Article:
We’re delighted that you’re thinking of baptism for your child. Your child is precious to you and precious to God. At baptism you promise to raise your child to know God loves them, and to help them to follow Jesus as a member of the Church.
So what is baptism?
In baptism, you as parents are: thanking God for his gift of life, making a decision to start your child on the journey of faith and asking for the Church’s support.
For your child, baptism marks the start of a journey of faith, which involves turning away from all that is evil, turning towards Christ, and becoming an active and life-long member of the Church – the local and worldwide Christian family.
Baptism is also a ‘sacrament’ – a visible sign of God’s love – wherein we are thanking God for his gift of life and publicly acknowledging his love. We are acknowledging that we all need to turn away from selfishness and evil and to accept God’s offer of a new start.
The church, into which we are baptized, is a group of people who identify themselves with the mission and purpose of Jesus Christ – his death and resurrection. Baptism, therefore, is the initiation into this group of people, and to be baptized is to identify yourself with the mission and purpose of Jesus Christ. This is a sacred and special opportunity to declare, “I believe the best possible way to live is the way of Jesus, and I am committed to following Christ—daily dying to myself and allowing the resurrected Christ to live in and through me.”
Your child’s baptism will take place during the main 10:45am Sunday morning service. This is so that your child can be seen to be joining the family of the Church and be welcomed into membership. In turn the Church will promise to support and pray for you and your child. The minister will make sure you know where to sit and when you will need to move to the front of church. Some parts of the service will be for the whole congregation to join in, others will be solely for you and the godparents.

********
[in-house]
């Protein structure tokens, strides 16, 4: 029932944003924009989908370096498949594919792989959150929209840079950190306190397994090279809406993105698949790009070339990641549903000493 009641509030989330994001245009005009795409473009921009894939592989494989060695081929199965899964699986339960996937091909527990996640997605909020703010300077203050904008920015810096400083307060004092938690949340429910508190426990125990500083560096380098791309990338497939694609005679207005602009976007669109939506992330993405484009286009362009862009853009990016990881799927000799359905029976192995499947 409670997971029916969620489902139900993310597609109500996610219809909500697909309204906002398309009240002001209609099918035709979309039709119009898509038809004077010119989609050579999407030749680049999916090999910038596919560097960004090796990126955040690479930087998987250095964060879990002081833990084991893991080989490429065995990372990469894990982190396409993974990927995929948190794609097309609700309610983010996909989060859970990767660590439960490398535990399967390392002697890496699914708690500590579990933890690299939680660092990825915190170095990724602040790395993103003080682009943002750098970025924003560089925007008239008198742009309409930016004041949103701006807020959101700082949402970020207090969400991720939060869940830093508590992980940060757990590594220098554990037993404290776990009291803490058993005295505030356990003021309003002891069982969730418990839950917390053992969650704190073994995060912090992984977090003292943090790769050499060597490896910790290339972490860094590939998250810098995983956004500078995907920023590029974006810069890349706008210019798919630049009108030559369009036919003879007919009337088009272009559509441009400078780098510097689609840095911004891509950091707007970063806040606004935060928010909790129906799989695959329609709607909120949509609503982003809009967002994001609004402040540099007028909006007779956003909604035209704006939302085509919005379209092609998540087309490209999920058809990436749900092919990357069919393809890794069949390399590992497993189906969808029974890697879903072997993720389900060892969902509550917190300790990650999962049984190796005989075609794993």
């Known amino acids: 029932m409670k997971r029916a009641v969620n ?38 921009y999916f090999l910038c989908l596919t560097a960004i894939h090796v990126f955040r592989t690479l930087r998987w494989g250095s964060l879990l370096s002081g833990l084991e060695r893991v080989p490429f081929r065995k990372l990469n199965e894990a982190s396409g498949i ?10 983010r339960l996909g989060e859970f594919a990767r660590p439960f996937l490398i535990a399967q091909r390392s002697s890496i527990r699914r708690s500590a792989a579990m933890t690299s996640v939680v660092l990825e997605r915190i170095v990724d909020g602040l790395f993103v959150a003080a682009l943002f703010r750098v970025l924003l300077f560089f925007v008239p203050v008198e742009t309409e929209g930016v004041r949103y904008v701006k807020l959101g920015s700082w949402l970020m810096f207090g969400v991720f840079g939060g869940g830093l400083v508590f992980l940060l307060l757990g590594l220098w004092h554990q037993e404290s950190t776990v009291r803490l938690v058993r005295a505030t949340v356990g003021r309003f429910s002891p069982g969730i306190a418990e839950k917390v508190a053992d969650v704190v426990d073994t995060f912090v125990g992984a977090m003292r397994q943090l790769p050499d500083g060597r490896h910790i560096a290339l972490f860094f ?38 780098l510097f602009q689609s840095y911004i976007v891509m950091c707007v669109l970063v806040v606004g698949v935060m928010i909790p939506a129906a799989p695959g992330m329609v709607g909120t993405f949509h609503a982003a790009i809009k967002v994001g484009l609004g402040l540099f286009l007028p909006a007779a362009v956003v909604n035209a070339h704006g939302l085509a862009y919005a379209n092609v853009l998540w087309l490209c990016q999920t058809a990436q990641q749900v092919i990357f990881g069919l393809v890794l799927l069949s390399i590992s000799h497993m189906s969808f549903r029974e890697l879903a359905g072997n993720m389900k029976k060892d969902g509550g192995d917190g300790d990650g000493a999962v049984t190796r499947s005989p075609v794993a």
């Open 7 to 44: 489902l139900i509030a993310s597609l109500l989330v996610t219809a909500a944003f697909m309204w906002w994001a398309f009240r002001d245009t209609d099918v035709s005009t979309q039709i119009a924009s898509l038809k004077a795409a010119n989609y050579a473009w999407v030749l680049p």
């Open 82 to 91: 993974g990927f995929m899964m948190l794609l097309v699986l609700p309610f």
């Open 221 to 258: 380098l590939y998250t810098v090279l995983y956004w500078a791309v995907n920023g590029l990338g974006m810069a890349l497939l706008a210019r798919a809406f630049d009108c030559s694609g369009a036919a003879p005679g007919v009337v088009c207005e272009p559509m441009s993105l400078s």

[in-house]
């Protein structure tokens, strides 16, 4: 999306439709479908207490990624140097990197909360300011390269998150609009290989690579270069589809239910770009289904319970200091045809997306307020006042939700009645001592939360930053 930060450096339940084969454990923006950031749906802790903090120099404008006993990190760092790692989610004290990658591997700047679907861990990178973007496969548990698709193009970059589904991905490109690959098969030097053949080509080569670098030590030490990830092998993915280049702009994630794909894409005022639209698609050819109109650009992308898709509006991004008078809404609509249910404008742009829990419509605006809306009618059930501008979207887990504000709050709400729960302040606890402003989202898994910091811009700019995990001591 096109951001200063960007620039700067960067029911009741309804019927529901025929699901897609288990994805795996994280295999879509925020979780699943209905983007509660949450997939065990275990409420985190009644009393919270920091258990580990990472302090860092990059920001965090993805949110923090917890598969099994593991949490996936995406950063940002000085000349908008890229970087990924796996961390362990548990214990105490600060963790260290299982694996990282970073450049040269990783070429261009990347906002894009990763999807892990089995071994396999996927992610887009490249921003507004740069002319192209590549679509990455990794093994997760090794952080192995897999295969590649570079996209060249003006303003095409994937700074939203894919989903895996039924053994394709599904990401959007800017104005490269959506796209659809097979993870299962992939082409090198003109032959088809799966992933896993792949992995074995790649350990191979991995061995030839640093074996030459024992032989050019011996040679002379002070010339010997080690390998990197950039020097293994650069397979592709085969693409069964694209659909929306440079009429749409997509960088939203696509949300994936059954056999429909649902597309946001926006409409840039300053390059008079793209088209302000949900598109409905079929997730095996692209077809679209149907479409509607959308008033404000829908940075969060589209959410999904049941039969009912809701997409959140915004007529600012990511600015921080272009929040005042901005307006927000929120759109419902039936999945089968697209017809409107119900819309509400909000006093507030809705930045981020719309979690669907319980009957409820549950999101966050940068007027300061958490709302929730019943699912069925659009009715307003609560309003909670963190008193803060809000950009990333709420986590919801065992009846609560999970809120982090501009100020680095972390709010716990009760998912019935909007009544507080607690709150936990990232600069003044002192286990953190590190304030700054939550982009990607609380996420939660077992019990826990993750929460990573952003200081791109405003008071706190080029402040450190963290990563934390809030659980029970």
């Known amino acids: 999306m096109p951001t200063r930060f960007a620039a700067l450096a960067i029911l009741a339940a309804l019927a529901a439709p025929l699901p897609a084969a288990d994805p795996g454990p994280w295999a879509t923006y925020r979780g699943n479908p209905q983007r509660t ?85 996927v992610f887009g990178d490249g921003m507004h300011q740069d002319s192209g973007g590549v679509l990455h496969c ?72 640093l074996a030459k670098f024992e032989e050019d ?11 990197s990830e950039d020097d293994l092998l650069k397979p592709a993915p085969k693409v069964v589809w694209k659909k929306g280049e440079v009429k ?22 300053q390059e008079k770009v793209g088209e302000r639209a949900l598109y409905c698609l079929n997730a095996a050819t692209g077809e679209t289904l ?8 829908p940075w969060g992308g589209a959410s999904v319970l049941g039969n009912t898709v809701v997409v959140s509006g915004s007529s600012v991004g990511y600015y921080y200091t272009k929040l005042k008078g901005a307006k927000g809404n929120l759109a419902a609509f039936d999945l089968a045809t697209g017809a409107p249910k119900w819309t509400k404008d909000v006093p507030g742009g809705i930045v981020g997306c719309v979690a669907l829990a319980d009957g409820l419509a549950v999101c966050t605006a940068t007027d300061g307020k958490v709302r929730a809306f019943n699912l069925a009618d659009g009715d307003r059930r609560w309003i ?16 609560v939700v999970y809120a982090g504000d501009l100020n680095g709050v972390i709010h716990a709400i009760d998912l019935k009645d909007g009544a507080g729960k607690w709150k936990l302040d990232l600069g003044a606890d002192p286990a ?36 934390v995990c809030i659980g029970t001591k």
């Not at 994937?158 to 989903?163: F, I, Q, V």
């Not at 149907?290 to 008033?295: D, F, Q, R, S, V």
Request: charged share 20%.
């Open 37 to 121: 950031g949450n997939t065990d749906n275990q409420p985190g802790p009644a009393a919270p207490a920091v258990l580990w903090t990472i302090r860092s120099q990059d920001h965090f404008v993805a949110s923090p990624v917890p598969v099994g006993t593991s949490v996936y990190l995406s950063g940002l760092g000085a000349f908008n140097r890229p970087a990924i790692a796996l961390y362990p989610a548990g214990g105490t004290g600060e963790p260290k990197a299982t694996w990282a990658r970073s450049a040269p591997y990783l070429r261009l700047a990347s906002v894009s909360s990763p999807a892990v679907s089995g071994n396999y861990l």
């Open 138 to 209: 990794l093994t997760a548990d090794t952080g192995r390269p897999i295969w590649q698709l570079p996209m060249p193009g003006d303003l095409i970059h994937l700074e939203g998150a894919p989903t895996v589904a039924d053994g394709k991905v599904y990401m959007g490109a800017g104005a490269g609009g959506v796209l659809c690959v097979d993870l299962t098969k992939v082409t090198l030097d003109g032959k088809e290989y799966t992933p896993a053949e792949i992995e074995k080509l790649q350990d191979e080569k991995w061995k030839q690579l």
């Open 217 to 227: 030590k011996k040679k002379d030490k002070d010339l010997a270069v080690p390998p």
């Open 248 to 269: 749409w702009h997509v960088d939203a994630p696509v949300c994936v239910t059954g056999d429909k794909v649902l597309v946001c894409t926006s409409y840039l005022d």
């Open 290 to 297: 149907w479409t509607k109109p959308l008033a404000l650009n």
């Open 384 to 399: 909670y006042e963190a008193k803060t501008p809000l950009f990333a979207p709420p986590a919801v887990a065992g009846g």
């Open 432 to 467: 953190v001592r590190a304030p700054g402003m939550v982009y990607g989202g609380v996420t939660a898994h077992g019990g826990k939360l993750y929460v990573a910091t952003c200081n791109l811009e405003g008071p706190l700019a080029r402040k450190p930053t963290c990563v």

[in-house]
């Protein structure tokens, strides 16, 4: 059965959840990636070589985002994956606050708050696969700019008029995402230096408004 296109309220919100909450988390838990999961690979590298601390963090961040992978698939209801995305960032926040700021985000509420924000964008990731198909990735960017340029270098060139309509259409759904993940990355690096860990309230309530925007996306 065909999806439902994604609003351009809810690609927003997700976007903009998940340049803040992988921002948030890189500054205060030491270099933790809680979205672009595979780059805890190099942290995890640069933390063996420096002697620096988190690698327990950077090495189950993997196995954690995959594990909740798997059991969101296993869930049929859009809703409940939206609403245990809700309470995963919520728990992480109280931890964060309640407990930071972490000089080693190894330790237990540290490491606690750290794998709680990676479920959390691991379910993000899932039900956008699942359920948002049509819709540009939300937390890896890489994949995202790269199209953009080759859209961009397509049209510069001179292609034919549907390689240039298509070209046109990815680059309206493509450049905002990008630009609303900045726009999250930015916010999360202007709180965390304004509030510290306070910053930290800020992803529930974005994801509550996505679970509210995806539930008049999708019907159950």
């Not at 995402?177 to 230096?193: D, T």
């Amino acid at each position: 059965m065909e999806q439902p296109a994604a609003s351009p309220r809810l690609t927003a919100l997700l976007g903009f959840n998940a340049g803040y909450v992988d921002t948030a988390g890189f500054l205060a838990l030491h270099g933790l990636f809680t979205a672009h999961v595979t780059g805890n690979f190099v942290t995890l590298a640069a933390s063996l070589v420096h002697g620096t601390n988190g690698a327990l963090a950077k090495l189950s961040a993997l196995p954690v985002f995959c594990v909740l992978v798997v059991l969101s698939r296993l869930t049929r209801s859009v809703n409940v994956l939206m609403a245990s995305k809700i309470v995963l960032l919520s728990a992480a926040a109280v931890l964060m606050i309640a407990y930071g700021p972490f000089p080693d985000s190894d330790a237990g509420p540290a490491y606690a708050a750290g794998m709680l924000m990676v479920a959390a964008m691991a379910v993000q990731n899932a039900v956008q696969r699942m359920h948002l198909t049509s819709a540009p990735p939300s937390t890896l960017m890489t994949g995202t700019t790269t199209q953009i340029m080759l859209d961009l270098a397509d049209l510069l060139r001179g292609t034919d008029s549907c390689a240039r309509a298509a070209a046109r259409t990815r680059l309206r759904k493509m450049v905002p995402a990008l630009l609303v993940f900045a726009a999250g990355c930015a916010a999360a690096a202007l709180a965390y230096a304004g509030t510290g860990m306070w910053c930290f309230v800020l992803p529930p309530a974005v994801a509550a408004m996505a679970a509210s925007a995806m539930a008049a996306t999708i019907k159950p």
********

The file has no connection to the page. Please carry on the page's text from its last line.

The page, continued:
The baptism itself will take place at the font, where the minister will ask the parents and godparents to make declarations on behalf of the child until they are old enough to do so for themselves.
When you bring your child for baptism, you will first be asked to declare publicly, for yourselves and on behalf of your child, that you believe in God and that you will bring your child up to follow Jesus. You will also be asked whether you have decided to turn away from everything which is evil or sinful and instead to turn towards Christ.
These declarations will be made in front of the church congregation – the local Christian community – who will promise to support you and pray for you and your child.
A number of important symbols and actions will be used during the service itself:
• The sign of the cross – the priest will make the sign of the cross on your child’s
forehead. This is like an invisible badge to show that Christians are united with
Christ and must not be ashamed to stand up for their faith in him.
The minister will say:
“Christ claims you for his own.